Youth political activism has been challenging Middle East and North African political systems frequently and forcefully over the last decade. This is not a new phenomenon, of course. Young people have historically stood at the forefront of popular uprisings and cultural movements. Demographic realities in the Middle East have increased the latent potential for disruptive youth activism. Nearly 60 percent of people in the region fall under the age of 30, half of whom are aged between 15 and 29, and in almost every country, unemployment for working-age youth exceeds the overall jobless rate. The failures of the 2011 Arab uprisings to achieve lasting democratic change revealed the limits of street protests, but the underlying problems remain profoundly unresolved. How are young people questioning, subverting, and transforming the boundaries of politics in the post-uprising Middle East and North Africa?
In June 2019, the Project on Middle East Political Science convened a workshop on youth politics in Amman, Jordan, in cooperation with the Phenix Center for Economic and Informatics Studies. The workshop’s papers and deliberations sought to unpack the meaning of youth politics. What characterizes the latest wave of youth mobilization? How is youth activism, and youth politics, changing public attitudes and government policies? Can any generalizations be made about youthfulness, and the experience of being young and political, in the Middle East today? The essays contained in POMEPS Studies 36: Youth Politics in the Middle East and North Africa attempt to answer these questions. They come from scholars who, through intensive fieldwork in varying countries, study the origins and processes of activism among young people through diverse methodologies and orientations.
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Introduction: Youth Politics in the Middle East and North Africa, Sean Yom, Marc Lynch, and Wael al-Khatib
Informality and Organization
Youth Politics in Contemporary Turkey: Political Hegemony, Hybrid Incorporation, and Youth (De-)Mobilization (2010-2016), Begum Uzun, University of Toronto
Youth Politics in Tunisia: Comparing Land/Labor, Leftist Movements, and NGO-ized Elites, Matt Gordner, University of Toronto & South Mediterranean University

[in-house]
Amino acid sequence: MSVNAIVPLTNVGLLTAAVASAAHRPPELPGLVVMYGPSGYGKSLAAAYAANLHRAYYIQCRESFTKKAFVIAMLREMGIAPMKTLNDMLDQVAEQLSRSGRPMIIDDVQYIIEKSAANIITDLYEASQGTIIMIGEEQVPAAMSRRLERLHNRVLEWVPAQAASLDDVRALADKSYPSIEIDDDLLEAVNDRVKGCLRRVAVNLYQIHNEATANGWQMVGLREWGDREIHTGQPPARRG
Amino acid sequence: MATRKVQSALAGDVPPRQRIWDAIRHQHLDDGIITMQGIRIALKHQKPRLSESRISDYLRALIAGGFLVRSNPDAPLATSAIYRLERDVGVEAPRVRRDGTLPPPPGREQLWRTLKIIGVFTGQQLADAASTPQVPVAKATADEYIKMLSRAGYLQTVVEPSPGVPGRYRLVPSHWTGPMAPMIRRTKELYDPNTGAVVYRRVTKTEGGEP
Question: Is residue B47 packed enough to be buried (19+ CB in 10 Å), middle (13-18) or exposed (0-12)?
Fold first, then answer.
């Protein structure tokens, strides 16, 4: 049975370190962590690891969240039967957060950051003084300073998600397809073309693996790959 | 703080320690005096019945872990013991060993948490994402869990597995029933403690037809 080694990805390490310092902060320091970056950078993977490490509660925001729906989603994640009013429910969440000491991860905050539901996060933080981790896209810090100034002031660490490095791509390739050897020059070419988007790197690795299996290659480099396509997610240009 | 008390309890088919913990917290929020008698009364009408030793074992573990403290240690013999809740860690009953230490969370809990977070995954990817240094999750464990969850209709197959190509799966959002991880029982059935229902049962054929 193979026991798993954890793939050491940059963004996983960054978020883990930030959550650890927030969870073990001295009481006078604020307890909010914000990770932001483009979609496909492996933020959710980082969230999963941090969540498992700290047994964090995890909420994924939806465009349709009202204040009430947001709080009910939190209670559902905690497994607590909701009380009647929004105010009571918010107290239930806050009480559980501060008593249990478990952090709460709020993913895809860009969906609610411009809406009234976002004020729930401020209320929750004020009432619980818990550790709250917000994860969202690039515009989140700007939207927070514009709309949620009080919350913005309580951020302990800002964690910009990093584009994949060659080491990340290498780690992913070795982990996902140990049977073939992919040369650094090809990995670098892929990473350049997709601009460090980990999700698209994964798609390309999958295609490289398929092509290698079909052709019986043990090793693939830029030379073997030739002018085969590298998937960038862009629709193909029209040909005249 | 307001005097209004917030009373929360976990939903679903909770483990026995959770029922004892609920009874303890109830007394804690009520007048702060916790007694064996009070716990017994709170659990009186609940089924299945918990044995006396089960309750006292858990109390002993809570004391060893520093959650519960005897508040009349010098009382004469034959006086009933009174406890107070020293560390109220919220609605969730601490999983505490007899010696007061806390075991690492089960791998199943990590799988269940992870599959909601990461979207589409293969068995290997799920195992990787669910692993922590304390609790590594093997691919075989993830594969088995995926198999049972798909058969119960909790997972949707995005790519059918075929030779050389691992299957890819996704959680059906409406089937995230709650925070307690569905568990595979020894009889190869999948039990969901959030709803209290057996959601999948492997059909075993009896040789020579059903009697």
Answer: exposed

Missing Youth in Tunisia? Implications of Regional Disparities and Center-Periphery Divide, Giulia Cimini, Università L’Orientale of Naples
Youth Political Participation and Attitudes in Contemporary Morocco, Yousra Kadi, Mohammed First University Oujda
Revolutionary Youth Politics: From Seizing to Sharing Power, Dina El-Sharnouby, American University of Cairo
Expanding the Political Agenda
Young Women, Sexual Violence, and the Pursuit of Justice Amid Weakening State Institutions: The Case of Turkey’s Campus Witches, Sarah Fischer, Marymount University
‘Waging a war not only on coal but much more‘: Types of Youth Activism among Egyptians against the Coal Movement, Aziza Moneer, The Nordic Africa Institute, Sweden
Youth, Activism, and Protest: Jordan’s Movement Against Israeli Gas, Curtis R. Ryan, Appalachian State University
The Struggle to Re-Politicize the Political: The Discourse on Economic Rights in the Jordanian Popular Movement 2011-2012, Sara Ababneh, University of Jordan
The Reckoning of History: Young Activists, Tribal Elders, and the Uses of the Past in Jordan, Yazan Doughan, Crown Center for Middle East Studies, Brandeis University
Evolving and Adaptive
Informal Education and Youth Culturing in Post-Gülenist Turkey, Aydin Ozipek, Northwestern University
Heroism and Adulthood among Arrested Youth in East Jerusalem, Makiko Nambu, Tokyo University of Foreign Studies
The New Lost Boys of Sudan, Sarah A Tobin, CMI
A Revolutionary Generation? Assessing Standards of Political Efficacy among MENA Youth using Anchoring Vignettes, Justin Gengler, Social and Economic Survey Research Institute, Qatar University
Beyond Mass Protests: Rethinking What Constitutes Arab Youth Political Activism, Sarah Anne Rennick, Sciences Po